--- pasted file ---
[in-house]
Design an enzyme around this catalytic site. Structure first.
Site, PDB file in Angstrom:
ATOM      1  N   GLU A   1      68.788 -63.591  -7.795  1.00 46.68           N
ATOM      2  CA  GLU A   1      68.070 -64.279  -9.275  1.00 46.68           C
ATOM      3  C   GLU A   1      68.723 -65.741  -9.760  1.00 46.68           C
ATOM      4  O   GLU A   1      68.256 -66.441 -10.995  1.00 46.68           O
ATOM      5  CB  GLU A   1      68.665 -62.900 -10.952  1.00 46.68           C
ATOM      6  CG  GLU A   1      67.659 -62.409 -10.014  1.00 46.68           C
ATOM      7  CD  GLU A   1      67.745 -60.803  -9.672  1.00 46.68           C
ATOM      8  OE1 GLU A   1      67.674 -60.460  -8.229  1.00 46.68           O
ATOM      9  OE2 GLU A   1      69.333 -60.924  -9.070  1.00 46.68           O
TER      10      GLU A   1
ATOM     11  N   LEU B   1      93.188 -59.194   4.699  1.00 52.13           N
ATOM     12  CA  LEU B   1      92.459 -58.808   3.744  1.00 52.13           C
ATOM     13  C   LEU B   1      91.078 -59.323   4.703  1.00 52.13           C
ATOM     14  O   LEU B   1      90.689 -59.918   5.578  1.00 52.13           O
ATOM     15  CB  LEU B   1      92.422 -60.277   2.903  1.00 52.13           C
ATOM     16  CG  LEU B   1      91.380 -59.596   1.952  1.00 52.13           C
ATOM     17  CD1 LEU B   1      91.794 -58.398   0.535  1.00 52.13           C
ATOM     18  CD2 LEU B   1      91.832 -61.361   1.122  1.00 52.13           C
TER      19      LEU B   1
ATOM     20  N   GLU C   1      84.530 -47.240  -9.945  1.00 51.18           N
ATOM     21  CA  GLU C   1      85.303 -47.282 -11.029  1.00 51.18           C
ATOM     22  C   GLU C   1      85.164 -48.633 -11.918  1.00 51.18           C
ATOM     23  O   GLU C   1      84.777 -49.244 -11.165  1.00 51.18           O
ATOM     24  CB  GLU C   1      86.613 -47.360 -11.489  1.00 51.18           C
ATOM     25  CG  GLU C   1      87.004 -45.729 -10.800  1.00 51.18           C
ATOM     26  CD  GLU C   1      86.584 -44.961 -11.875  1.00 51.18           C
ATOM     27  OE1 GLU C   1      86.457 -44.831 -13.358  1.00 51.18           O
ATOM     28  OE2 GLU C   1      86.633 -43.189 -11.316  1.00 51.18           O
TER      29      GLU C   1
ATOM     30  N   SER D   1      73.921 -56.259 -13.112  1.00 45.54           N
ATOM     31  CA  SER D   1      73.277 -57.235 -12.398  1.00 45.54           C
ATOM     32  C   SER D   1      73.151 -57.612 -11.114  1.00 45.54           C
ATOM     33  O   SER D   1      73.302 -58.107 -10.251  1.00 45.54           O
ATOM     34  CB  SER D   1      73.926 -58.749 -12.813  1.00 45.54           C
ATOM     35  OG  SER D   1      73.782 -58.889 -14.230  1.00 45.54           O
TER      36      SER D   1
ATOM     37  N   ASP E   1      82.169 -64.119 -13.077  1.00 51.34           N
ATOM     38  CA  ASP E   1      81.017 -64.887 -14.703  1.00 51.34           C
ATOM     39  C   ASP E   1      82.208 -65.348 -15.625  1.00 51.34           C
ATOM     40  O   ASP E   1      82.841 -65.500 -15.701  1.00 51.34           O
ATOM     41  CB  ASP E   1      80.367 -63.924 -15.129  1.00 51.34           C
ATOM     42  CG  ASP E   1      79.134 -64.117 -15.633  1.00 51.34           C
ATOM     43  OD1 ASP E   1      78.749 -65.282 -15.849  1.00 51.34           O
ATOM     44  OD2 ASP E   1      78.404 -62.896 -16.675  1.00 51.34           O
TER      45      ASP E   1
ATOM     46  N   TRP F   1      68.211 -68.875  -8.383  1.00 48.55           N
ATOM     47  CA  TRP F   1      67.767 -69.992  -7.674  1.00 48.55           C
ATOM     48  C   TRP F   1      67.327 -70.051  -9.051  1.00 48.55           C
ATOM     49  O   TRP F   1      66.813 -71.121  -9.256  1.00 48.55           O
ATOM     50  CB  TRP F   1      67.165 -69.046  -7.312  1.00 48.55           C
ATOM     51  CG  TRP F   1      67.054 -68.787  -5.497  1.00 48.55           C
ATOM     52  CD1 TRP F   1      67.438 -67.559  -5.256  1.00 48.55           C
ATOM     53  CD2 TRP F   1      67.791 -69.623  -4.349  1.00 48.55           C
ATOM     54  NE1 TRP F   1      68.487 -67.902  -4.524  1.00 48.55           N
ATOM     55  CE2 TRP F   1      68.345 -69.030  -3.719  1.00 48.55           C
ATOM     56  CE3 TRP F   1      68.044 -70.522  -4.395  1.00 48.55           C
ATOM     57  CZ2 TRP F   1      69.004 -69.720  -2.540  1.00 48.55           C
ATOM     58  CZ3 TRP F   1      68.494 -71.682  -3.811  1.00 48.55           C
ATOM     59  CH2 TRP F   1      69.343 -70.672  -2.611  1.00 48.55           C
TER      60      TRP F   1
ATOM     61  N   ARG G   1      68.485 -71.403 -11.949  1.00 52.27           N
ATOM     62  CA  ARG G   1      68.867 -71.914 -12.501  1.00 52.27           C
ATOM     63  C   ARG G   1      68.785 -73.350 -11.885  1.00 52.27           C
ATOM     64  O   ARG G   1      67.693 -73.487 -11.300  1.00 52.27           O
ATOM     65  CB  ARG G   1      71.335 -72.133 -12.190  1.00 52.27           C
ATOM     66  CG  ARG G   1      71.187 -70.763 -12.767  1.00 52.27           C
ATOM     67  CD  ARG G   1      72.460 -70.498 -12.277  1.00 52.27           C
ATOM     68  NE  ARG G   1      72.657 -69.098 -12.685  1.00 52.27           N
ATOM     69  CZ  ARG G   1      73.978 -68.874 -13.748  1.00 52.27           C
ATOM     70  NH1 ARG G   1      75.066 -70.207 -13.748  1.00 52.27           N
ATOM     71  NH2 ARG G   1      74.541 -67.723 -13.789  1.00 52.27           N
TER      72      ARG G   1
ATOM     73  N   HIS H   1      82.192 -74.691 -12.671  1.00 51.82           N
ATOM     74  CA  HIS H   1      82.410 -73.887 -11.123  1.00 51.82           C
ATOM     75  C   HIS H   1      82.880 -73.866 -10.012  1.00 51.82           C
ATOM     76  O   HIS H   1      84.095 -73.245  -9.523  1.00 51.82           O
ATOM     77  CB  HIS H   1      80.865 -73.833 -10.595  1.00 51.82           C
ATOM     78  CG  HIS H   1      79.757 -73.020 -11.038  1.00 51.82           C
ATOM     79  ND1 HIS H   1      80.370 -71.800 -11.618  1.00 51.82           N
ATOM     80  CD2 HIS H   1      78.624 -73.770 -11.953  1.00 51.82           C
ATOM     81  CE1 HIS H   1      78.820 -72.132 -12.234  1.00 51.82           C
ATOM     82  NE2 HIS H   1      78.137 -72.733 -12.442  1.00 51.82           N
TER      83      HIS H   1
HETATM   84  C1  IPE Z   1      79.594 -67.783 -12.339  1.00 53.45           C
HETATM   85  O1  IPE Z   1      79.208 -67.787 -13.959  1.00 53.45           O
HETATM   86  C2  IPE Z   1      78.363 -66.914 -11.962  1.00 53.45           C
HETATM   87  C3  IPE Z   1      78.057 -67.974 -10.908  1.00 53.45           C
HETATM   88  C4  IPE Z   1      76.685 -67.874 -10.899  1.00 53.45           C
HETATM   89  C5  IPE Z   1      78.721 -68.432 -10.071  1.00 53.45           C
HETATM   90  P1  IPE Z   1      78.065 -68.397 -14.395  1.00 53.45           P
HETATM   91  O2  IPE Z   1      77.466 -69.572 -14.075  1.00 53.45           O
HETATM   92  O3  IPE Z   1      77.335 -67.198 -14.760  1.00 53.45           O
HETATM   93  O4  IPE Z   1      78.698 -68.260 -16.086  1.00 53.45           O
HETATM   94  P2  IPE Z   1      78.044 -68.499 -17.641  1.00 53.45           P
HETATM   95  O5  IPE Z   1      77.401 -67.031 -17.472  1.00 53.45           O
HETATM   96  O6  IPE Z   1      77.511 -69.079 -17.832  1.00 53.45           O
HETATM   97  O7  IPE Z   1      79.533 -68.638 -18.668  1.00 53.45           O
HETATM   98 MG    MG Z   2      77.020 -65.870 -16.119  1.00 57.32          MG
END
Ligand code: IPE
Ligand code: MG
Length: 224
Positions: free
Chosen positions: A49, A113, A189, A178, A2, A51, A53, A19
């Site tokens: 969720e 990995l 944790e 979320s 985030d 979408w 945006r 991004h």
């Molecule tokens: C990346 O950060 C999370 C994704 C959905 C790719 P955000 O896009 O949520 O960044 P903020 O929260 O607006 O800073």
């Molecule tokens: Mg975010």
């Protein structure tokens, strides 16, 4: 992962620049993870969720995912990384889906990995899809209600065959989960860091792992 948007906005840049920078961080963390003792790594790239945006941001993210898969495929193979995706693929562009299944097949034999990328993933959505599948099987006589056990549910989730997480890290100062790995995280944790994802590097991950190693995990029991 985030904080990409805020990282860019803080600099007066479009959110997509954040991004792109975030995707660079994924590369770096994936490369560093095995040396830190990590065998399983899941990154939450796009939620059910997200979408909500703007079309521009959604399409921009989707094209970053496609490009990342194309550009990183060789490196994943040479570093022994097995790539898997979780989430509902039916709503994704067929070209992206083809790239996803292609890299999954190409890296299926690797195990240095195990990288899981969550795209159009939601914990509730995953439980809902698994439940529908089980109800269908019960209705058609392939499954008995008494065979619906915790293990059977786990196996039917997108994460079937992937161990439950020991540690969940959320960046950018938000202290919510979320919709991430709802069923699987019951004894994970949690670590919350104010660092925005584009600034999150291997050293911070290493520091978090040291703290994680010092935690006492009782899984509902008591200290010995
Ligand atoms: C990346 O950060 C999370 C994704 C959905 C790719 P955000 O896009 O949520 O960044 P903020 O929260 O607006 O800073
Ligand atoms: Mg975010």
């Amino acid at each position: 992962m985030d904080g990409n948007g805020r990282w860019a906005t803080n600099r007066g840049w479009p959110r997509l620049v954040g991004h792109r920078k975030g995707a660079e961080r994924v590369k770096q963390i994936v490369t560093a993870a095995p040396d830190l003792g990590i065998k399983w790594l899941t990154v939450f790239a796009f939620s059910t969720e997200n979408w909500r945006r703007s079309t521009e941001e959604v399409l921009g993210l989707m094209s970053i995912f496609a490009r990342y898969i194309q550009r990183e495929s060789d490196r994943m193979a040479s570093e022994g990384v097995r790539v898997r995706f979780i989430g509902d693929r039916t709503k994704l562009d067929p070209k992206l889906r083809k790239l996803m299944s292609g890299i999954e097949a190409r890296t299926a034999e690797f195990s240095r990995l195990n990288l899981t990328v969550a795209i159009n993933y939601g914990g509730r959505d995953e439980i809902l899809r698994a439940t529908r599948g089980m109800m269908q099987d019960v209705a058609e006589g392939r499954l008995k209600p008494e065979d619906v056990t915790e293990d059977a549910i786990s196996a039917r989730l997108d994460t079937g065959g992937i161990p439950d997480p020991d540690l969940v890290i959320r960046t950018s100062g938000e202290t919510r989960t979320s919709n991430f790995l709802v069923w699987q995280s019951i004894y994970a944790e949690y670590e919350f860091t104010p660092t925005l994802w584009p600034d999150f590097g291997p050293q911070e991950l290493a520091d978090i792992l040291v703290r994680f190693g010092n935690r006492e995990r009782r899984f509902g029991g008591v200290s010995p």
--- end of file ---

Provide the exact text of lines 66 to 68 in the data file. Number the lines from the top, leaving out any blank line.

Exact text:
ATOM     63  C   ARG G   1      68.785 -73.350 -11.885  1.00 52.27           C
ATOM     64  O   ARG G   1      67.693 -73.487 -11.300  1.00 52.27           O
ATOM     65  CB  ARG G   1      71.335 -72.133 -12.190  1.00 52.27           C